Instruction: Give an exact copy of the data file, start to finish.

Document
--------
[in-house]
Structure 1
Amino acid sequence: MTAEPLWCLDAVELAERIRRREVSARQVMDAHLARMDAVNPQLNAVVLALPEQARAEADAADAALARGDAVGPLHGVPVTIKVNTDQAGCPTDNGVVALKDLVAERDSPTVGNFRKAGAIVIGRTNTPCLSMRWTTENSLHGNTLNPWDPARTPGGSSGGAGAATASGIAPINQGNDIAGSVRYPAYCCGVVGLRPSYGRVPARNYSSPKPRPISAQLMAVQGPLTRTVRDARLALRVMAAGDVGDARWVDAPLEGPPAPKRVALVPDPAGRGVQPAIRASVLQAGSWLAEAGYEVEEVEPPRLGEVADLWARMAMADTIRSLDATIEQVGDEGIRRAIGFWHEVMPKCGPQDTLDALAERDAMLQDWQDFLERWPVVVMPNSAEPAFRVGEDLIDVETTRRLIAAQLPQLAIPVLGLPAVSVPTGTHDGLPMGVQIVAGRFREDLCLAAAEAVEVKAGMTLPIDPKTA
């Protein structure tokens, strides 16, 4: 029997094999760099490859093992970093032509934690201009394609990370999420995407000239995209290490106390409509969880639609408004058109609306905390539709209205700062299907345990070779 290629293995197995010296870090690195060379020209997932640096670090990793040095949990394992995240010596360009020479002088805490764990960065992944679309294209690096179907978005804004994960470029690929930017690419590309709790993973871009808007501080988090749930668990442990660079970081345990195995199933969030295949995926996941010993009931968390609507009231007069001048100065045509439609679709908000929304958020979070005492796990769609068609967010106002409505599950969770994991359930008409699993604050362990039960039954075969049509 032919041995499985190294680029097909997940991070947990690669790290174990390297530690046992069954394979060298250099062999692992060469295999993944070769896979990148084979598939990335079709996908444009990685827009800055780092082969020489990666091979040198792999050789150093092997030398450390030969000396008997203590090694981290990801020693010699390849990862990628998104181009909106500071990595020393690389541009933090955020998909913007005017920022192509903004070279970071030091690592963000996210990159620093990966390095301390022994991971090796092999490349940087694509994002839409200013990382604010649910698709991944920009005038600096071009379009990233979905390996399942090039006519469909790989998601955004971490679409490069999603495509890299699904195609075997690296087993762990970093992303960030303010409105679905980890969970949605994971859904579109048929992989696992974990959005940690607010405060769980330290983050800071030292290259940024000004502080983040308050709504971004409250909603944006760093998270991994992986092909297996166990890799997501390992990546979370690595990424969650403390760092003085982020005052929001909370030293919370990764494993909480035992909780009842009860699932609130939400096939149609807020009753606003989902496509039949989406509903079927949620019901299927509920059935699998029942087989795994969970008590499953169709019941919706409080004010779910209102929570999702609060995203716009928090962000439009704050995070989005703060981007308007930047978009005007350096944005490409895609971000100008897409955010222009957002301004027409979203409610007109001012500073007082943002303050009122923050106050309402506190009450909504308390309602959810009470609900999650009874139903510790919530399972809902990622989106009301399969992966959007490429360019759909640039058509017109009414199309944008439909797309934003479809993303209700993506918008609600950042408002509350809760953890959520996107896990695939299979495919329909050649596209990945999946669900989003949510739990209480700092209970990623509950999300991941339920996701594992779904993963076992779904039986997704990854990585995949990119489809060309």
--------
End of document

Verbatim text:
[in-house]
Structure 1
Amino acid sequence: MTAEPLWCLDAVELAERIRRREVSARQVMDAHLARMDAVNPQLNAVVLALPEQARAEADAADAALARGDAVGPLHGVPVTIKVNTDQAGCPTDNGVVALKDLVAERDSPTVGNFRKAGAIVIGRTNTPCLSMRWTTENSLHGNTLNPWDPARTPGGSSGGAGAATASGIAPINQGNDIAGSVRYPAYCCGVVGLRPSYGRVPARNYSSPKPRPISAQLMAVQGPLTRTVRDARLALRVMAAGDVGDARWVDAPLEGPPAPKRVALVPDPAGRGVQPAIRASVLQAGSWLAEAGYEVEEVEPPRLGEVADLWARMAMADTIRSLDATIEQVGDEGIRRAIGFWHEVMPKCGPQDTLDALAERDAMLQDWQDFLERWPVVVMPNSAEPAFRVGEDLIDVETTRRLIAAQLPQLAIPVLGLPAVSVPTGTHDGLPMGVQIVAGRFREDLCLAAAEAVEVKAGMTLPIDPKTA
């Protein structure tokens, strides 16, 4: 029997094999760099490859093992970093032509934690201009394609990370999420995407000239995209290490106390409509969880639609408004058109609306905390539709209205700062299907345990070779 290629293995197995010296870090690195060379020209997932640096670090990793040095949990394992995240010596360009020479002088805490764990960065992944679309294209690096179907978005804004994960470029690929930017690419590309709790993973871009808007501080988090749930668990442990660079970081345990195995199933969030295949995926996941010993009931968390609507009231007069001048100065045509439609679709908000929304958020979070005492796990769609068609967010106002409505599950969770994991359930008409699993604050362990039960039954075969049509 032919041995499985190294680029097909997940991070947990690669790290174990390297530690046992069954394979060298250099062999692992060469295999993944070769896979990148084979598939990335079709996908444009990685827009800055780092082969020489990666091979040198792999050789150093092997030398450390030969000396008997203590090694981290990801020693010699390849990862990628998104181009909106500071990595020393690389541009933090955020998909913007005017920022192509903004070279970071030091690592963000996210990159620093990966390095301390022994991971090796092999490349940087694509994002839409200013990382604010649910698709991944920009005038600096071009379009990233979905390996399942090039006519469909790989998601955004971490679409490069999603495509890299699904195609075997690296087993762990970093992303960030303010409105679905980890969970949605994971859904579109048929992989696992974990959005940690607010405060769980330290983050800071030292290259940024000004502080983040308050709504971004409250909603944006760093998270991994992986092909297996166990890799997501390992990546979370690595990424969650403390760092003085982020005052929001909370030293919370990764494993909480035992909780009842009860699932609130939400096939149609807020009753606003989902496509039949989406509903079927949620019901299927509920059935699998029942087989795994969970008590499953169709019941919706409080004010779910209102929570999702609060995203716009928090962000439009704050995070989005703060981007308007930047978009005007350096944005490409895609971000100008897409955010222009957002301004027409979203409610007109001012500073007082943002303050009122923050106050309402506190009450909504308390309602959810009470609900999650009874139903510790919530399972809902990622989106009301399969992966959007490429360019759909640039058509017109009414199309944008439909797309934003479809993303209700993506918008609600950042408002509350809760953890959520996107896990695939299979495919329909050649596209990945999946669900989003949510739990209480700092209970990623509950999300991941339920996701594992779904993963076992779904039986997704990854990585995949990119489809060309």